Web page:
Posts Tagged ‘git’

Git per-branch permissions

Thursday, January 10th, 2019

We’ve had Git hosting support in Launchpad for a few years now. One thing that some users asked for, particularly larger users such as the Ubuntu kernel team, was the ability to set up per-branch push permissions for their repositories. Today we rolled out the last piece of this work.

Launchpad’s default behaviour is that repository owners may push anything to their own repositories, including creating new branches, force-pushing (rewriting history), and deleting branches, while nobody else may push anything. Repository owners can now also choose to protect branches or tags, either individually or using wildcard rules. If a branch is protected, then by default repository owners can only create or push it but cannot force-push or delete; if a tag is protected, then by default repository owners can create it but cannot move or delete it.

You can also allow selected contributors to push to protected branches or tags, so if you’re collaborating with somebody on a branch and just want to be able to quickly pair-program via git push, or you want a merge robot to be able to land merge proposals in your repository without having to add it to the team that owns the repository and thus give it privileges it doesn’t need, then this feature may be for you.

There’s some initial documentation on our help site, and here’s a screenshot of a repository that’s been set up to give a contributor push access to a single branch:

Git-to-Git imports

Wednesday, November 16th, 2016

Launchpad has had Git-to-Bazaar code imports since 2009, along with imports from a few other systems.  These form part of Launchpad’s original mission to keep track of free software, regardless of where it’s hosted.  They’re also very useful for automatically building other artifacts, such as source package recipes or snap packages, from code hosted elsewhere.  Unfortunately they’re quite complicated: they need to be able to do a full round-trip conversion of every revision from the other version control system, which has made it difficult to add support for Git features such as signed commits or submodules.  Once one of these features is present anywhere in the history of a branch, importing it to Bazaar becomes impossible.  This has been a headache for many users.

We can do better nowadays.  As of last year, we have direct Git hosting support in Launchpad, and we can already build snaps and recipes straight from Git, so we can fulfil our basic goal more robustly now with a lot less code.  So, Launchpad now supports Git-to-Git code imports, also known as Git mirroring.  You can use this to replace many uses of Git-to-Bazaar imports (note that there’s no translations integration yet, and of course you won’t be able to branch the resulting import using bzr).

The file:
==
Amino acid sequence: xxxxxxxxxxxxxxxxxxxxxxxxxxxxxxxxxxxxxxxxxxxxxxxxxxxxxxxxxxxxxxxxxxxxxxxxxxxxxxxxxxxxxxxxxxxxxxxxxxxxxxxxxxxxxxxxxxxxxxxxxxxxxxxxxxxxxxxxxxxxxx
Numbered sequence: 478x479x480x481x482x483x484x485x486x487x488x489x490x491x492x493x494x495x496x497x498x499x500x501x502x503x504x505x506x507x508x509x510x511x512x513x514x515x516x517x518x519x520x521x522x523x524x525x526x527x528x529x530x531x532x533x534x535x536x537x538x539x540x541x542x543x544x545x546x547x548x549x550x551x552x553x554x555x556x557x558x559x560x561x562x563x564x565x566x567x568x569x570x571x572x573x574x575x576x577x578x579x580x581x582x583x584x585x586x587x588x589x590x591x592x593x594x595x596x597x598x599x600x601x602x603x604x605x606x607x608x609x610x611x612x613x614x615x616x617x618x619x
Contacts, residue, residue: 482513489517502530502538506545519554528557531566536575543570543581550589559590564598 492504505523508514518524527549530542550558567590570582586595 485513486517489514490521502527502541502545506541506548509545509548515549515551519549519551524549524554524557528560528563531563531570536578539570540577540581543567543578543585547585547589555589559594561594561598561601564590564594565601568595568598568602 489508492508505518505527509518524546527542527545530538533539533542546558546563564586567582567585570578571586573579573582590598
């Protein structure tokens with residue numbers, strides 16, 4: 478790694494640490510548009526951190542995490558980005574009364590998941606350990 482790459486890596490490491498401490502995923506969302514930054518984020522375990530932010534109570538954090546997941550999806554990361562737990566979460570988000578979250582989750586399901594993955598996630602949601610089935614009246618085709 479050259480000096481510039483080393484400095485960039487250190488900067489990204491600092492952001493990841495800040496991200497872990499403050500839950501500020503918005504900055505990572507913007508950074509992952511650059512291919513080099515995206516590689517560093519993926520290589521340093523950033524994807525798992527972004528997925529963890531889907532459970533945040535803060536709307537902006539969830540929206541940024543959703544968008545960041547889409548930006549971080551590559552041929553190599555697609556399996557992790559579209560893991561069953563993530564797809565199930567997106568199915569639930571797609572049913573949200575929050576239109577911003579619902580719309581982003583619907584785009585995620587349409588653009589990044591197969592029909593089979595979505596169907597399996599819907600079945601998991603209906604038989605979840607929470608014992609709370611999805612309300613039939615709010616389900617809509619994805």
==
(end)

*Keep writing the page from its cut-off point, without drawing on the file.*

See our Git documentation for more details.

Linking Git merge proposals to bugs

Thursday, September 8th, 2016

We just rolled out a new feature for Launchpad’s Git repository hosting: Git-based merge proposals can now be linked to Launchpad bugs.  This can be done manually from the web UI for the merge proposal, but normally you should just mention the Launchpad bug in the commit message of one of the commits you want to merge.  The required commit message text to link to bugs #XXX and #YYY looks like this:

LP: #XXX, #YYY

This is the same form used for Launchpad bug references in debian/changelog files in source packages, and the general approach of mentioning bugs in commit messages is similar to that of various other hosting sites.

Bugs are not automatically closed when merge proposals land, because the policy for when that should happen varies from project to project: for example, projects often only close bugs when they make releases, or when their code is deployed to production sites.

Users familiar with Bazaar on Launchpad should note that the model for Git bug linking is slightly different: bugs are linked to merge proposals rather than to individual branches.  This difference is mainly because individual branches within a Git repository are often much more ephemeral than Bazaar branches.

Documentation is here, along with other details of Launchpad’s Git hosting.